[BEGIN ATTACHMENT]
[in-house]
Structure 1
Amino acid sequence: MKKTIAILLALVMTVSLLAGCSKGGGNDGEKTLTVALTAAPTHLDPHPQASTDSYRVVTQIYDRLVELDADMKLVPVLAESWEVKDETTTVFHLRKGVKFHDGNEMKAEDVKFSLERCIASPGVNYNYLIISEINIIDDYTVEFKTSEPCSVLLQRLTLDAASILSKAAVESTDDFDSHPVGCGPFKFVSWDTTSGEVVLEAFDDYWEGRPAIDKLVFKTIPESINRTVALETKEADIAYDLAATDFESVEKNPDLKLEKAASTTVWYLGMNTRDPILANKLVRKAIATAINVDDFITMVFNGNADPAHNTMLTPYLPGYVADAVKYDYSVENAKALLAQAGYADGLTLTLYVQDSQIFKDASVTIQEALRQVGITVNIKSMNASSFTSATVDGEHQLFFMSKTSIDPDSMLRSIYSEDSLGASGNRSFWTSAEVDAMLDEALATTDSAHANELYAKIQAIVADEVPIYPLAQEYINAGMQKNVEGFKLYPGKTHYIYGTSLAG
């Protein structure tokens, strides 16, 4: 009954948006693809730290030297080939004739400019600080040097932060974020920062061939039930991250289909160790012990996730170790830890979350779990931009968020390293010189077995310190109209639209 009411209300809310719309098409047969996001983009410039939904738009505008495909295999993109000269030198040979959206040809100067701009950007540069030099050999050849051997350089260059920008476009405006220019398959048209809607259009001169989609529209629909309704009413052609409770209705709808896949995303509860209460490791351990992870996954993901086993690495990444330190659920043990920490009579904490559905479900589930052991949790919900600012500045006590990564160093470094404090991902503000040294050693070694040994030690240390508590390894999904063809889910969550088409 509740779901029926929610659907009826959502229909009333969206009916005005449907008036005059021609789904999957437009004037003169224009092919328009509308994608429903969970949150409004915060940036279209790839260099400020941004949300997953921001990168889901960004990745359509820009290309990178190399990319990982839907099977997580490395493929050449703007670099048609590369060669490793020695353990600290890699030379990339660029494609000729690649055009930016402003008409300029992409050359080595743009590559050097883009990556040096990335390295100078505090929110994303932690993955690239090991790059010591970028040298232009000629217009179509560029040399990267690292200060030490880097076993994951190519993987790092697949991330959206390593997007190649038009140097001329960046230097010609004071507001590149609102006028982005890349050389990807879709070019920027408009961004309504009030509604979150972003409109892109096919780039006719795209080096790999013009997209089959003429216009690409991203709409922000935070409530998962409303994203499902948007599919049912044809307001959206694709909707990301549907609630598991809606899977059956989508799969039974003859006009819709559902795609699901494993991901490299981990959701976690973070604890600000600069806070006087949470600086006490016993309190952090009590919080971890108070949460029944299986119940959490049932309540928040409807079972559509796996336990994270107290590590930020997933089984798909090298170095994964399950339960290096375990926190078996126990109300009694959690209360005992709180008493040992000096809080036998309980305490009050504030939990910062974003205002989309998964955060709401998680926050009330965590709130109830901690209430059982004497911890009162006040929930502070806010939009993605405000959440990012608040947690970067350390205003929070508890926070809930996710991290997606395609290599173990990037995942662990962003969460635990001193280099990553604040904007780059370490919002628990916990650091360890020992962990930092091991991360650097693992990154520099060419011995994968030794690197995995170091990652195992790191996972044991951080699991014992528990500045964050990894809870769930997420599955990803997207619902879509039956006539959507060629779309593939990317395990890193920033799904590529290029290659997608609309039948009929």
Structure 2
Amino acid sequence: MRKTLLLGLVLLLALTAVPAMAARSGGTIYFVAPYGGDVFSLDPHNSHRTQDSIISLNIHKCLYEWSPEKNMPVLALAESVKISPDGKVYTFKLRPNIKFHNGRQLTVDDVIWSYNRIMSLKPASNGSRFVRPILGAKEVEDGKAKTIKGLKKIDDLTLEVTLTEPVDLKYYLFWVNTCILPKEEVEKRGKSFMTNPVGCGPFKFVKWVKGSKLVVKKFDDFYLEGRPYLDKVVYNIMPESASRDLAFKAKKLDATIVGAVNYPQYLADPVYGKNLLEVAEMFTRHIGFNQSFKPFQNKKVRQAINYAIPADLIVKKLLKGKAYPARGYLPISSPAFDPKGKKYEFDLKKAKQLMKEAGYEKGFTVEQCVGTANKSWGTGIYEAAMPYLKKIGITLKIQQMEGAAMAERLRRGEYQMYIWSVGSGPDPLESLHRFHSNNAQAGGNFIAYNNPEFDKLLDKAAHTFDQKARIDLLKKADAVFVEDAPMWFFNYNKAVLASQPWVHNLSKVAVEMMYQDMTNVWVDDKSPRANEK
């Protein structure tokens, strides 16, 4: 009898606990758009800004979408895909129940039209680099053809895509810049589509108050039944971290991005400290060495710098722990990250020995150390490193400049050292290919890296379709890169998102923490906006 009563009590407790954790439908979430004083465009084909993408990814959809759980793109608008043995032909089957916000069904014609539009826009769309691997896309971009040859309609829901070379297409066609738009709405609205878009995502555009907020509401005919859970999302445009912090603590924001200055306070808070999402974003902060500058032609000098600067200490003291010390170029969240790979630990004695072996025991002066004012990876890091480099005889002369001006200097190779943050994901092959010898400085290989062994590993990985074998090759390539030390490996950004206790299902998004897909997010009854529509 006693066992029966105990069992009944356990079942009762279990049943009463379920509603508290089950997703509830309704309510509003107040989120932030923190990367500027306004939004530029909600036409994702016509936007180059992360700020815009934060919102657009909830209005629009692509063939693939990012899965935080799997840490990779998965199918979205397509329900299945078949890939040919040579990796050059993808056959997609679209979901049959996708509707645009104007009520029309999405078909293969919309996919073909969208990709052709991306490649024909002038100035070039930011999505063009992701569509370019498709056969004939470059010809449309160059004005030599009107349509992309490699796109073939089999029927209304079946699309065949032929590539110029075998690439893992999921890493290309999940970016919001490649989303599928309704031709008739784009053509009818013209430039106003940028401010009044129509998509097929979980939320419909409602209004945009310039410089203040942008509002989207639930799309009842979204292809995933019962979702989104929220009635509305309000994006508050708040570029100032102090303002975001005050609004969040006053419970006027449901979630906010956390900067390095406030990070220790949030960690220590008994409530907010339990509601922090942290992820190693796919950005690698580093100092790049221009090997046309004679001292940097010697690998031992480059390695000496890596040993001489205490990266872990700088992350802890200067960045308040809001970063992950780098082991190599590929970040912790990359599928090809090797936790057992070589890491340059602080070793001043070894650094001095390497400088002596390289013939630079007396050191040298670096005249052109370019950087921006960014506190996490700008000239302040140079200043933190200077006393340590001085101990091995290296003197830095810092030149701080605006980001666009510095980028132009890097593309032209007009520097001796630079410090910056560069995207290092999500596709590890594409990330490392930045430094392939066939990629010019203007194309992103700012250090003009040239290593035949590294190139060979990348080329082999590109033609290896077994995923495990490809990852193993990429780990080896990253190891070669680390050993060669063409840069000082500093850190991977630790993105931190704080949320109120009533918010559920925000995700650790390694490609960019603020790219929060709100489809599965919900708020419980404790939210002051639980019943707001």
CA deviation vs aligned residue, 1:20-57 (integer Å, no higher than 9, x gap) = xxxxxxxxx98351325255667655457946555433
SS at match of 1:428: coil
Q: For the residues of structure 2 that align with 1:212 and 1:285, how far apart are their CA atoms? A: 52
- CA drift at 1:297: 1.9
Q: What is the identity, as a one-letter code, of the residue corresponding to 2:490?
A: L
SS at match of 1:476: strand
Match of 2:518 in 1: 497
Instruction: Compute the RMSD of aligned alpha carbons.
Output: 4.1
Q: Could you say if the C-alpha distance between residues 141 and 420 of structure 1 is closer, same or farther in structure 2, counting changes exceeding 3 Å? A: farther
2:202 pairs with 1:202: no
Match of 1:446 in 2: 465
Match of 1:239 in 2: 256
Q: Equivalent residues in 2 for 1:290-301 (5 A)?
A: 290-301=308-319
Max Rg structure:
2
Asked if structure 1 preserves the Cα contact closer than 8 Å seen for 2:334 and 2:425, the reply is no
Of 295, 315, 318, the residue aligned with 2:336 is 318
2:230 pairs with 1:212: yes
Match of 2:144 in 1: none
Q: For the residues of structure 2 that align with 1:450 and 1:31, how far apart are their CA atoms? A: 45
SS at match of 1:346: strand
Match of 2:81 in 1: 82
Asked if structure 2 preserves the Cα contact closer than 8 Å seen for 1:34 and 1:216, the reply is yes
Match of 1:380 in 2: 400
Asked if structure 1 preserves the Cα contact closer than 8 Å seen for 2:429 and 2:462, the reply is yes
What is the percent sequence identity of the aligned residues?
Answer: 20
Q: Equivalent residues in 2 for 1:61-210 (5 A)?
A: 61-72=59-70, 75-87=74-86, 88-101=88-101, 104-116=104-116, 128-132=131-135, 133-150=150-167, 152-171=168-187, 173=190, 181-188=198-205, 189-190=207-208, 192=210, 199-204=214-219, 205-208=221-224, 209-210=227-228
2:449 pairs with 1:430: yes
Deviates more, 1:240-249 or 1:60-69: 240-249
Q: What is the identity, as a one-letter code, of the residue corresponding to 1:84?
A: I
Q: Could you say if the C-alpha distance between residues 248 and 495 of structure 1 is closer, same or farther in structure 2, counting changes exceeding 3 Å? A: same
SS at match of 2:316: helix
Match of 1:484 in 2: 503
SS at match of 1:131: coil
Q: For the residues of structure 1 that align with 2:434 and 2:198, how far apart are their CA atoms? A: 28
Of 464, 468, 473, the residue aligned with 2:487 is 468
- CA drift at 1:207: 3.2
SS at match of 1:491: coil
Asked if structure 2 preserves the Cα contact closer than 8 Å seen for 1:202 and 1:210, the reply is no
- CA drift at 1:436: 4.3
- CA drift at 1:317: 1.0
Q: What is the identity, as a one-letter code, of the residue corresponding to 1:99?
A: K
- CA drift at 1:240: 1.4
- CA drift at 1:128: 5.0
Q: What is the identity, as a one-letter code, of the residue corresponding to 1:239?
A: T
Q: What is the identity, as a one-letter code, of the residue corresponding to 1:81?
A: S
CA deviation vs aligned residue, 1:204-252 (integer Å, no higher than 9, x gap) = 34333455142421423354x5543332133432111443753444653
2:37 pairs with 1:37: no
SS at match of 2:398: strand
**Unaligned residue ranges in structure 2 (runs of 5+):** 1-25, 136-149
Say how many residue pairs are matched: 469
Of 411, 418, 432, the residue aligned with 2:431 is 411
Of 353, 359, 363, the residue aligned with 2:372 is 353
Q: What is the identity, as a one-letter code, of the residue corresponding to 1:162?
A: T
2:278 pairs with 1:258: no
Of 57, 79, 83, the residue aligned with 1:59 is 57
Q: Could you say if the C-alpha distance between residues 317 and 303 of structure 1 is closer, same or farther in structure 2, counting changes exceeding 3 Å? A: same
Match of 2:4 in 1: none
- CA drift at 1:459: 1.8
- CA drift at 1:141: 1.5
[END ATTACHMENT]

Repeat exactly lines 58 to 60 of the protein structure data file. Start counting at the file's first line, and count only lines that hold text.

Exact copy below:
- CA drift at 1:128: 5.0
Q: What is the identity, as a one-letter code, of the residue corresponding to 1:239?
A: T